According to a senior official, the US Environmental Protection Agency regulators have not yet established if the newly found emission-control device used by VW AG’s 2016 diesel cars is legal or not.
The models in question have not yet been certified for sale by the agency and the automaker has withdrawn the certification requests on certain models. And the existence of the debated software was announced publicly last week by the German automaker’s main executive in the US during sworn testimony in front of a congressional subcommittee. The panel has been called to probe the German company’s admission it had deliberately installed illegal software designed to dupe diesel emissions testing in the country. Last month Volkswagen acknowledged it had used rigged software, called a defeat device that altered the running of the emission control systems to pass the testing procedures, with the tally of autos affected by the scandal being of 11 million worldwide.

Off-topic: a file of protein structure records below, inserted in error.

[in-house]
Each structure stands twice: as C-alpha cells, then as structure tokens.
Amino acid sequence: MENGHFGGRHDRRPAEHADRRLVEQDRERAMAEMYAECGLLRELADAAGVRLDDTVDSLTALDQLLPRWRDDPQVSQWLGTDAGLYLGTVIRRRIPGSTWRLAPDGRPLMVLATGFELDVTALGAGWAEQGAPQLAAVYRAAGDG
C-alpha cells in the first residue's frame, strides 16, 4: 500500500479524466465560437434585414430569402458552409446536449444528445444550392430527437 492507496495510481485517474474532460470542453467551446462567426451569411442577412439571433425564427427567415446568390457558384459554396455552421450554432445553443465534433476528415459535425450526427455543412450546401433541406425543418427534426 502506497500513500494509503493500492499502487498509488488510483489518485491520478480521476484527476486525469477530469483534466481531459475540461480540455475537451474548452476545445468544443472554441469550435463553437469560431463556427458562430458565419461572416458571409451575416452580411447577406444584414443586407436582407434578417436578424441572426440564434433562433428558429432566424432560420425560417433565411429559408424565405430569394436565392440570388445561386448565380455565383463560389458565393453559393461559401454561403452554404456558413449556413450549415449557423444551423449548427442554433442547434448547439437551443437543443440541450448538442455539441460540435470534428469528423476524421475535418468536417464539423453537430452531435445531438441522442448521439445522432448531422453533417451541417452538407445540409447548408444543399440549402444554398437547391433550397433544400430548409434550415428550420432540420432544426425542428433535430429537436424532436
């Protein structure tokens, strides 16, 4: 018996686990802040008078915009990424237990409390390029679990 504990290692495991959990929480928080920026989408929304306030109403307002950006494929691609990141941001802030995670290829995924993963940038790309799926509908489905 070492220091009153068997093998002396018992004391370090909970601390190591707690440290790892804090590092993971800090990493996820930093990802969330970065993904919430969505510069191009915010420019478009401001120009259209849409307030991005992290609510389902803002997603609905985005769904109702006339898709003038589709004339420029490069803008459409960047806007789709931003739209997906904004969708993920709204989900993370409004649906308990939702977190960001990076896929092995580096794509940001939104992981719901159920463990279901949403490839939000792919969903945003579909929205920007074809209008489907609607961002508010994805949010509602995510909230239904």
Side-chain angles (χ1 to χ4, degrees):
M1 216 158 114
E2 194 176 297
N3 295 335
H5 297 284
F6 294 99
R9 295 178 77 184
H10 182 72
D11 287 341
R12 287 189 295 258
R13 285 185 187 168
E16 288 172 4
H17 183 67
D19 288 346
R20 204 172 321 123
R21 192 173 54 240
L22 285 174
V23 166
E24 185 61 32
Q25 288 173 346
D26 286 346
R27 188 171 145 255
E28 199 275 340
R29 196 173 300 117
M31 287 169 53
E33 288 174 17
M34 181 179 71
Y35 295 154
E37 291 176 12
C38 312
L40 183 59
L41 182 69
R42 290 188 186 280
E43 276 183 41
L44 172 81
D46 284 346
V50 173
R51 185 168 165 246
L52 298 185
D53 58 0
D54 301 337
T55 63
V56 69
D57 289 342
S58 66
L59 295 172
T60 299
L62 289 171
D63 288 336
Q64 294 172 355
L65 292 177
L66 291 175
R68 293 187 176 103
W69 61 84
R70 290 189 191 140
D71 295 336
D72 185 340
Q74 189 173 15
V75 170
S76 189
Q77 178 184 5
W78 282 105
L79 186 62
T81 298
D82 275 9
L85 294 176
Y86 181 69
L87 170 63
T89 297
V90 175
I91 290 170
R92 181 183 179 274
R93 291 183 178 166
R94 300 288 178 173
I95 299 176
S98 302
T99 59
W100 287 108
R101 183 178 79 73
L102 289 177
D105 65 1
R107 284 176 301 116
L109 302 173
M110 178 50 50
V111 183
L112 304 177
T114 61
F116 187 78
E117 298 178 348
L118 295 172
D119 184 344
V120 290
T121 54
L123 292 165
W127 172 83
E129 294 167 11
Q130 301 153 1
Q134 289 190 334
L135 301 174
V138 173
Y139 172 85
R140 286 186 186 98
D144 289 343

So far the company has not yet detailed the new software nor confirmed reports the device was in the same “defeat” category as the one used before the global emissions scandal erupted on September 18. “We have a long list of questions for VW,” commented EPA Assistant Administrator Janet McCabe. “When we have all of the answers, we will be able to make a determination” if the 2016 diesel software is legal or can be placed in the “defeat device” category that can dupe US emission standards. VW said the EPA was not investigating the newly designed software and the company was “working with the regulators to continue the 2016 certification process” for its models using the 2.0-liter diesel engine.